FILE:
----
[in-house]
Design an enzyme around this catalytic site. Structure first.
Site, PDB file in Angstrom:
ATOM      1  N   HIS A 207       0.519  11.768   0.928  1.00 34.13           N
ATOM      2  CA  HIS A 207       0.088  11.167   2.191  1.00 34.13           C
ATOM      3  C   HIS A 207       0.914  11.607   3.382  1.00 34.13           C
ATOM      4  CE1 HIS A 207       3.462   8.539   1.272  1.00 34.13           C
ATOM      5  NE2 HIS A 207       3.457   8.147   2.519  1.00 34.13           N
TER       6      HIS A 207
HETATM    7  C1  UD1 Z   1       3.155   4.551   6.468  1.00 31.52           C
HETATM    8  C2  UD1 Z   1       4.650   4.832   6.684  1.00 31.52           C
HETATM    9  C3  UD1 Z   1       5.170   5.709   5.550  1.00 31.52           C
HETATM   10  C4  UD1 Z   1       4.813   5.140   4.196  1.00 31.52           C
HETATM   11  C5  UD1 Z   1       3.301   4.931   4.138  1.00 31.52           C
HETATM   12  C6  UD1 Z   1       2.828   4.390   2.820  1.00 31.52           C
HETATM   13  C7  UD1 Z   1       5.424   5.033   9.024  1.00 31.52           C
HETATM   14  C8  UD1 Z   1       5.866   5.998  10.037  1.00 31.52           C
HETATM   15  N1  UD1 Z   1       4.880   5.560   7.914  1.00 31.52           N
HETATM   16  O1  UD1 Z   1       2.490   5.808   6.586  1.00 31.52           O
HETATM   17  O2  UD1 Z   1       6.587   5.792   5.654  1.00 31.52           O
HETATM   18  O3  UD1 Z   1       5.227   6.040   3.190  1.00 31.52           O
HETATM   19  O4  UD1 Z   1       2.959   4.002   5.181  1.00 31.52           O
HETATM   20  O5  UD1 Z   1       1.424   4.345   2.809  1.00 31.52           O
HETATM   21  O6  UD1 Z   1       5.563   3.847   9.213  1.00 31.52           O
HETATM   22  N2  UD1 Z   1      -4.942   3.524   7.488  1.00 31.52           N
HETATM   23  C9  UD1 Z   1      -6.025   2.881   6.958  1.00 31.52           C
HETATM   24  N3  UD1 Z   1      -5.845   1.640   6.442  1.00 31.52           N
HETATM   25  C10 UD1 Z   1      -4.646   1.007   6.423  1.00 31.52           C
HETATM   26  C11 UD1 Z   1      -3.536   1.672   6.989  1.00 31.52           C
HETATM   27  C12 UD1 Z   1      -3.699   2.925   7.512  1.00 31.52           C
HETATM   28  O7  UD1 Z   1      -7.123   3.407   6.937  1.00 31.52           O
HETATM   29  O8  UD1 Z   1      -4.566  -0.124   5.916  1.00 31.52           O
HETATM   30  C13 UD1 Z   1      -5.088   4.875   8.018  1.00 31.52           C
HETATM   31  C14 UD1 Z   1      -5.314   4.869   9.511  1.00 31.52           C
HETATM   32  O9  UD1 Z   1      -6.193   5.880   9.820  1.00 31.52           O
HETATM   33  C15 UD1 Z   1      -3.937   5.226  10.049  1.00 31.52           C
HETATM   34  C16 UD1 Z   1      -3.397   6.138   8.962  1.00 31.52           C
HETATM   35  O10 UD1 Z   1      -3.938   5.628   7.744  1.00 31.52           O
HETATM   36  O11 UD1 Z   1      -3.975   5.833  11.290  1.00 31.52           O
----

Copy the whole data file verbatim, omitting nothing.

[in-house]
Design an enzyme around this catalytic site. Structure first.
Site, PDB file in Angstrom:
ATOM      1  N   HIS A 207       0.519  11.768   0.928  1.00 34.13           N
ATOM      2  CA  HIS A 207       0.088  11.167   2.191  1.00 34.13           C
ATOM      3  C   HIS A 207       0.914  11.607   3.382  1.00 34.13           C
ATOM      4  CE1 HIS A 207       3.462   8.539   1.272  1.00 34.13           C
ATOM      5  NE2 HIS A 207       3.457   8.147   2.519  1.00 34.13           N
TER       6      HIS A 207
HETATM    7  C1  UD1 Z   1       3.155   4.551   6.468  1.00 31.52           C
HETATM    8  C2  UD1 Z   1       4.650   4.832   6.684  1.00 31.52           C
HETATM    9  C3  UD1 Z   1       5.170   5.709   5.550  1.00 31.52           C
HETATM   10  C4  UD1 Z   1       4.813   5.140   4.196  1.00 31.52           C
HETATM   11  C5  UD1 Z   1       3.301   4.931   4.138  1.00 31.52           C
HETATM   12  C6  UD1 Z   1       2.828   4.390   2.820  1.00 31.52           C
HETATM   13  C7  UD1 Z   1       5.424   5.033   9.024  1.00 31.52           C
HETATM   14  C8  UD1 Z   1       5.866   5.998  10.037  1.00 31.52           C
HETATM   15  N1  UD1 Z   1       4.880   5.560   7.914  1.00 31.52           N
HETATM   16  O1  UD1 Z   1       2.490   5.808   6.586  1.00 31.52           O
HETATM   17  O2  UD1 Z   1       6.587   5.792   5.654  1.00 31.52           O
HETATM   18  O3  UD1 Z   1       5.227   6.040   3.190  1.00 31.52           O
HETATM   19  O4  UD1 Z   1       2.959   4.002   5.181  1.00 31.52           O
HETATM   20  O5  UD1 Z   1       1.424   4.345   2.809  1.00 31.52           O
HETATM   21  O6  UD1 Z   1       5.563   3.847   9.213  1.00 31.52           O
HETATM   22  N2  UD1 Z   1      -4.942   3.524   7.488  1.00 31.52           N
HETATM   23  C9  UD1 Z   1      -6.025   2.881   6.958  1.00 31.52           C
HETATM   24  N3  UD1 Z   1      -5.845   1.640   6.442  1.00 31.52           N
HETATM   25  C10 UD1 Z   1      -4.646   1.007   6.423  1.00 31.52           C
HETATM   26  C11 UD1 Z   1      -3.536   1.672   6.989  1.00 31.52           C
HETATM   27  C12 UD1 Z   1      -3.699   2.925   7.512  1.00 31.52           C
HETATM   28  O7  UD1 Z   1      -7.123   3.407   6.937  1.00 31.52           O
HETATM   29  O8  UD1 Z   1      -4.566  -0.124   5.916  1.00 31.52           O
HETATM   30  C13 UD1 Z   1      -5.088   4.875   8.018  1.00 31.52           C
HETATM   31  C14 UD1 Z   1      -5.314   4.869   9.511  1.00 31.52           C
HETATM   32  O9  UD1 Z   1      -6.193   5.880   9.820  1.00 31.52           O
HETATM   33  C15 UD1 Z   1      -3.937   5.226  10.049  1.00 31.52           C
HETATM   34  C16 UD1 Z   1      -3.397   6.138   8.962  1.00 31.52           C
HETATM   35  O10 UD1 Z   1      -3.938   5.628   7.744  1.00 31.52           O
HETATM   36  O11 UD1 Z   1      -3.975   5.833  11.290  1.00 31.52           O